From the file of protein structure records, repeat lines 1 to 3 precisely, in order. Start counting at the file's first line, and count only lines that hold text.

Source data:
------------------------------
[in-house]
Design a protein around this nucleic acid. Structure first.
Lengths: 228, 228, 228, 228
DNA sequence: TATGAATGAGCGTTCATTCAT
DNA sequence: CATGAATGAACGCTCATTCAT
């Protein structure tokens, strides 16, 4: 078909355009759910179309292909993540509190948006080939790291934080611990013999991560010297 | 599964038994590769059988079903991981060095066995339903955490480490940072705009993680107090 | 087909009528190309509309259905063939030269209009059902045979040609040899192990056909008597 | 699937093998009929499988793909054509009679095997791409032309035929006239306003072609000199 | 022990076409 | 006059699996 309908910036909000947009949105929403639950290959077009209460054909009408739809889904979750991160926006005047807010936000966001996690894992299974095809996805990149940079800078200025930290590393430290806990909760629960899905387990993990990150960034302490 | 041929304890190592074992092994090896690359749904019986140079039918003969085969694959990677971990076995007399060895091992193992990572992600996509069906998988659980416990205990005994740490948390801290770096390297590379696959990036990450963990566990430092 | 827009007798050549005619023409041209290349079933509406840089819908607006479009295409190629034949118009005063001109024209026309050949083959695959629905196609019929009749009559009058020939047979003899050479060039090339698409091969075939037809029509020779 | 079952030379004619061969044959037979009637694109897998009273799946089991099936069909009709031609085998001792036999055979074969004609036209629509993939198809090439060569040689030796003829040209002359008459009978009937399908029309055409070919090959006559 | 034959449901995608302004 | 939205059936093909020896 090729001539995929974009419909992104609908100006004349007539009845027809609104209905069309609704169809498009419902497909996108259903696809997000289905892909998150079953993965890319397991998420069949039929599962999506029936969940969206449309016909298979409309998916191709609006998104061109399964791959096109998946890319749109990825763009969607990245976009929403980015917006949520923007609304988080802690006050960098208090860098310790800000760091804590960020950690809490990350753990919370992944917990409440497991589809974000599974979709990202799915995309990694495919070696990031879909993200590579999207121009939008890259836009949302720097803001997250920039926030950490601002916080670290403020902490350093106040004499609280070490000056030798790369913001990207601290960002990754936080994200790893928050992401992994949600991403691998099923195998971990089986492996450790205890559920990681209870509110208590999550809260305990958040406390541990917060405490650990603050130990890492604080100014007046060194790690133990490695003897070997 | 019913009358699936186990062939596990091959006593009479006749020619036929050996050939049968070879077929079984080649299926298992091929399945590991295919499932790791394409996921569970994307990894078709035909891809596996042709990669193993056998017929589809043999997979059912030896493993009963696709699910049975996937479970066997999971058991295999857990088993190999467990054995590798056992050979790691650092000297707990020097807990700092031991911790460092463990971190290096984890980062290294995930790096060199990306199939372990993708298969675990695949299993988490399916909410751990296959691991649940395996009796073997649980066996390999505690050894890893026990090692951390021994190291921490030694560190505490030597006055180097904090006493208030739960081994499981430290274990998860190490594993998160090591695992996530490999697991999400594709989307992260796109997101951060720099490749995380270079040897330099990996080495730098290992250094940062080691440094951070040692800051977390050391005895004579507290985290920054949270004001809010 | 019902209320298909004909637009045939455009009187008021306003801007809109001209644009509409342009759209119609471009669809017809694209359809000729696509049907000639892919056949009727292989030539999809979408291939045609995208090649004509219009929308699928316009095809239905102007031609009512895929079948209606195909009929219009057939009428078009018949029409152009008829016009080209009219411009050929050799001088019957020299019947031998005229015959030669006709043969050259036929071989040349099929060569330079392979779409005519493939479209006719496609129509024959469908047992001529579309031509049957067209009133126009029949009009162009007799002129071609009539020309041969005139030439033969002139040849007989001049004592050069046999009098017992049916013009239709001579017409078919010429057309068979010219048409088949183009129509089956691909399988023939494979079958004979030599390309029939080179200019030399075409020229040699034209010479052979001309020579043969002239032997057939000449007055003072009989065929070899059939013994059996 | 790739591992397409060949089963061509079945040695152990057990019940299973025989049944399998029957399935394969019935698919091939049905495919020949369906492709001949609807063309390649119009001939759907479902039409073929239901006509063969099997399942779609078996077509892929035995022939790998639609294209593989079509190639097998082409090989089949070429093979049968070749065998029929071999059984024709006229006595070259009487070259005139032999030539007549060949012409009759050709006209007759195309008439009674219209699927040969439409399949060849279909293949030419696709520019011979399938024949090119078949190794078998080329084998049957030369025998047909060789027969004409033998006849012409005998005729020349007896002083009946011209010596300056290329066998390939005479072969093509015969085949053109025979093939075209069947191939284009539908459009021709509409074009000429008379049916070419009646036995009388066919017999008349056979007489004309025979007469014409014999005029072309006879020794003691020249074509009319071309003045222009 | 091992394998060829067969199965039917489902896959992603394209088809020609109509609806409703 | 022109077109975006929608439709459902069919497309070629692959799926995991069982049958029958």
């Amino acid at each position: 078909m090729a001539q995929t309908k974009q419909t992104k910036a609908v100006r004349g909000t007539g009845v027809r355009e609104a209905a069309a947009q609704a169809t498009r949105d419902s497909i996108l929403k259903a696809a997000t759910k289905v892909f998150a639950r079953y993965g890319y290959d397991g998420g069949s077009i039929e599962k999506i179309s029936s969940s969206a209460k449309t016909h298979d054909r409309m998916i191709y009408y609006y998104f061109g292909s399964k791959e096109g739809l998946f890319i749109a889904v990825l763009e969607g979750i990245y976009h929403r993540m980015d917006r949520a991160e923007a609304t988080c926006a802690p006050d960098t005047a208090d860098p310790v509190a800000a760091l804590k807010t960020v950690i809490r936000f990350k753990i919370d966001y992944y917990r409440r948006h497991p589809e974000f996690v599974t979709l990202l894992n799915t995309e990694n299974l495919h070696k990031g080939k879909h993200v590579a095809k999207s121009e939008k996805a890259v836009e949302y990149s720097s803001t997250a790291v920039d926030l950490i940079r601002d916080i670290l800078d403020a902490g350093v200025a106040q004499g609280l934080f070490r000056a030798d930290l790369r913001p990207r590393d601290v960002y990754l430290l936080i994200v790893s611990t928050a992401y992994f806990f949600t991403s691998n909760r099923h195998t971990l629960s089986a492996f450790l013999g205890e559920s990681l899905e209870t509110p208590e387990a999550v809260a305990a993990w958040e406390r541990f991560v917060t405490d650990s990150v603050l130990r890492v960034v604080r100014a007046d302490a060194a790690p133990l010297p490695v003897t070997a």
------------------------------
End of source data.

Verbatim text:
[in-house]
Design a protein around this nucleic acid. Structure first.
Lengths: 228, 228, 228, 228